Kept quiet about his time dancing and rappelling on CBS reality show Amazing Race
Albuquerque, New Mexico - For the past couple of Mondays, we've been sharing the story of Art Velez and his time on the CBS reality show Amazing Race. Art is a shooter for the U.S. Border Patrol pistol team. That means we can't help but bump into him every September during the National Police Shooting Championships. He took the opportunity to do something he couldn't do while the show aired ... talk.
"That was probably the most frustrating part," said Velez. "I was allowed to tell my wife and my son but that was it.
"Everybody in the family had to sign non-disclosure agreements. My parents, her parents, my sister. It was probably hardest for my son because he was a freshman in high school. The kids were always on him for the inside scoop."
The Love and Hate relationship for Amazing Race contestants
It's an age old story. Local boy puts out a bestselling book, stars in a movie or writes a hit song. Next thing you know he's thrust into the spotlight. They're never ready for the attention. Neither was Art.
"I never knew people followed this stuff so close," said Velez. "Some get really passionate about these shows."
Becoming a local celebrity meant the viewing parties that started in the family living rooms eventually graduated to a local restaurant. That's the only way they accommodate all the people. It also meant they'd be the subject of praise and ridicule on a variety of fronts.
"It was a love/hate thing. When we got back and the show hit the air, some people were blogging 'those guys are jerks and I hate them' while others said 'no, no they're great'. But we're use to that in our profession ... some people hate us, some people love us."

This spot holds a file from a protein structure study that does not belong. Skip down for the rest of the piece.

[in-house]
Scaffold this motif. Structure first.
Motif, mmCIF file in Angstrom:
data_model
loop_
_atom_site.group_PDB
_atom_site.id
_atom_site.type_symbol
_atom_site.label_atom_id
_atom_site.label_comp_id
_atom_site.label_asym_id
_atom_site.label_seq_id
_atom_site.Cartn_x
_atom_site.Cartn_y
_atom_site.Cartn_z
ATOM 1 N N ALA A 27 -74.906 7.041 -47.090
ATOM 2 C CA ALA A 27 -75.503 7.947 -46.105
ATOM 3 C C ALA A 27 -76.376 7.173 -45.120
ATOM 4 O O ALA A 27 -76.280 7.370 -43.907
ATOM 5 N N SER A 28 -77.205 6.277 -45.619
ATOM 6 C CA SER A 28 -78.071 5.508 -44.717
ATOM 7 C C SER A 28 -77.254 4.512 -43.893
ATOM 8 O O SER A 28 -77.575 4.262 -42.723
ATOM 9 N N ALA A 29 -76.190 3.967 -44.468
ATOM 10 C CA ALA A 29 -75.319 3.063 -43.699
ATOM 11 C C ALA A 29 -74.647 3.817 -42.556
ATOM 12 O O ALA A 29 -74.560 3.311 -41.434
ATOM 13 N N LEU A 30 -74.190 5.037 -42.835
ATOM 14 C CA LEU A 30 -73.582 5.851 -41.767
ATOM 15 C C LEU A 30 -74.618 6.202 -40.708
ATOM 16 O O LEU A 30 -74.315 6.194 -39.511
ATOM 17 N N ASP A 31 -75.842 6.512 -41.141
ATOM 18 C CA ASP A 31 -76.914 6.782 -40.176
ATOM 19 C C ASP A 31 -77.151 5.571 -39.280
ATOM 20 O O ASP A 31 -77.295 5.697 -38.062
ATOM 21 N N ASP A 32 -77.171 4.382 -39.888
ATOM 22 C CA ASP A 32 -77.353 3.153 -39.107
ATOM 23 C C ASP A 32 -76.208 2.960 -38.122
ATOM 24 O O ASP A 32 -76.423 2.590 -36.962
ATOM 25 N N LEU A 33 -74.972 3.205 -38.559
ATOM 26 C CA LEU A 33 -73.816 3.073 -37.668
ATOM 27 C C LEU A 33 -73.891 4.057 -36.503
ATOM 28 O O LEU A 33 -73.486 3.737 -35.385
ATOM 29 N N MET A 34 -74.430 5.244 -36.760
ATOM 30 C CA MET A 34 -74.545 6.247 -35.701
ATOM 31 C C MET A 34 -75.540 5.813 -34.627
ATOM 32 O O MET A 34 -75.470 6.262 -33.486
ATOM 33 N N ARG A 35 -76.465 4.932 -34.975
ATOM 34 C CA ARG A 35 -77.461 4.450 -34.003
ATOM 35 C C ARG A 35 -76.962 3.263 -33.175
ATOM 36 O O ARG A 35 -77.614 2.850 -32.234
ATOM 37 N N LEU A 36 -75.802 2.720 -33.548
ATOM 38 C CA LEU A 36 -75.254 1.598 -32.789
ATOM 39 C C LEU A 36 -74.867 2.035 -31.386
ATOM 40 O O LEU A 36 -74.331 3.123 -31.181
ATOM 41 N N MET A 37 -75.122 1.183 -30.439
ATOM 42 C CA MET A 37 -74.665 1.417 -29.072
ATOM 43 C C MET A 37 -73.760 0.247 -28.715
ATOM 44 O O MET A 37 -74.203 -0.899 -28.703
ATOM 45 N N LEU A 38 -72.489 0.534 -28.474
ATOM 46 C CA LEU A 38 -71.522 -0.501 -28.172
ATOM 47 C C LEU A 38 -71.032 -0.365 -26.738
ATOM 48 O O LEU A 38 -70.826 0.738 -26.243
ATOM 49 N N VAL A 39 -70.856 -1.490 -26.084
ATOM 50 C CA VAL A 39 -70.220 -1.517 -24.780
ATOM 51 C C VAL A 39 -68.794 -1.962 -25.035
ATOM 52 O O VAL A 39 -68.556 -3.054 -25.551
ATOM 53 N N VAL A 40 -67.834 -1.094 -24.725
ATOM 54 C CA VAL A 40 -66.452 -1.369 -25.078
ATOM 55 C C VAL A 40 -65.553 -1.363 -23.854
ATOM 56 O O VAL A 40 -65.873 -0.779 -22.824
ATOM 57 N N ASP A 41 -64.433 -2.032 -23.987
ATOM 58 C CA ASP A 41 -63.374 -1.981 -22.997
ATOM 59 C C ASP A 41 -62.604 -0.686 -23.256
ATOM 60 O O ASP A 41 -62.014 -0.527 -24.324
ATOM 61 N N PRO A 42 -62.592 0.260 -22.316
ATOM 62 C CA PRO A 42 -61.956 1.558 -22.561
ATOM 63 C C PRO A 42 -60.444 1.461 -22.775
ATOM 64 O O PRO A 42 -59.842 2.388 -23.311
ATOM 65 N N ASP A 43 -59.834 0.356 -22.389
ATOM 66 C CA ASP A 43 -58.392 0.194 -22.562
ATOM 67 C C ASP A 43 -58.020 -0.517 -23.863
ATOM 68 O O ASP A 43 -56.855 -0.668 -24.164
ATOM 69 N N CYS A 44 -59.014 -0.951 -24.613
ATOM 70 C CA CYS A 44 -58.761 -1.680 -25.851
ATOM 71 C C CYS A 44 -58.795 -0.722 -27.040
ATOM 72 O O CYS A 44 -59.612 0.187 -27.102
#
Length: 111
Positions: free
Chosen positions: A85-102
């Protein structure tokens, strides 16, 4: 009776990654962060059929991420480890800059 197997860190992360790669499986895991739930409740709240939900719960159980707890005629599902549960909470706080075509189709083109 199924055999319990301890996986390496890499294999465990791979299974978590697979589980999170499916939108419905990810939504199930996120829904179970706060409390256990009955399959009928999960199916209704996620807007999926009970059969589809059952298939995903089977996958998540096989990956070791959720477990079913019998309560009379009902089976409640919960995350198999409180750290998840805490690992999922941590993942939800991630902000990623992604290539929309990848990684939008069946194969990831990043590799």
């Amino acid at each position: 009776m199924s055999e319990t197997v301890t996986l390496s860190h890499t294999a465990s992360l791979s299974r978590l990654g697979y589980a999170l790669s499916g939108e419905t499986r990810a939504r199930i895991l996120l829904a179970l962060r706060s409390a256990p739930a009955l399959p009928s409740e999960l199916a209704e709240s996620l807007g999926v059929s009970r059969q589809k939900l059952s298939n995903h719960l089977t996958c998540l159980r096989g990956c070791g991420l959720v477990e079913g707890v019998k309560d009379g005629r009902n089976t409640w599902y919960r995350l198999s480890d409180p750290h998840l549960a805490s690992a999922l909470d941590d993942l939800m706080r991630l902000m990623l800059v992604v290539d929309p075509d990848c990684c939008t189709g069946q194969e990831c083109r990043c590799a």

Rappelling results from the Amazing Race experience
"India was brutal."
As luck would have it, Art & J.J. (his partner on the show and on the job) arrived in India for Leg 9 of Amazing Race Season 20 during the hot season. While each and every contestant experienced the same conditions, it was tougher on some then others.
"We're a couple of big boys," said Velez. "We couldn't do anything to keep cool."
And keeping cool was just what was needed for the primary challenge — reproducing a Bollywood movie dance. Not exactly what you want to see from a couple of big boys in a hot, humid setting.
"We were spent. J.J. was stuck doing the dancing and it wasn't clicking. He had to do it again and again and again. We were sweating, there was all the noise and these odors ... it was a brutal mass of humanity."
Conditions significantly improved once they arrived in Hawaii. The lack of humidity made it much easier for the big boys to operate. Until they were tasked with rappelling a skyscraper that is.
"I worked with that rope system before so it wasn't that big a deal for me. But J.J. was hating it. He was turning all shades of green. Once I saw that, I made sure to stay above him just in case."
The two made it up and down the skyscraper in plenty of time. The same could not be said for the second to last challenge of that leg. The dreaded heʻe hōlua task (land sledding down a hill without falling over). Left to Art, the big boy fell one time too many. Enough to allow Rachel & Dave to pass them for the Season 20 win.
"We should have won it," said Velez. "There's always a chance for a comeback. CBS has had an 'unfinished business' show for Amazing Race before. They brought back teams that got close to winning the whole thing. If they do it again, well, hopefully they ask us to post."
We'll have more about Art's time on the Amazing Race over the next few weeks. Check back next Monday for another installment.
How Art made it onto Amazing Race.
Art talks about recovering from Amazing Race.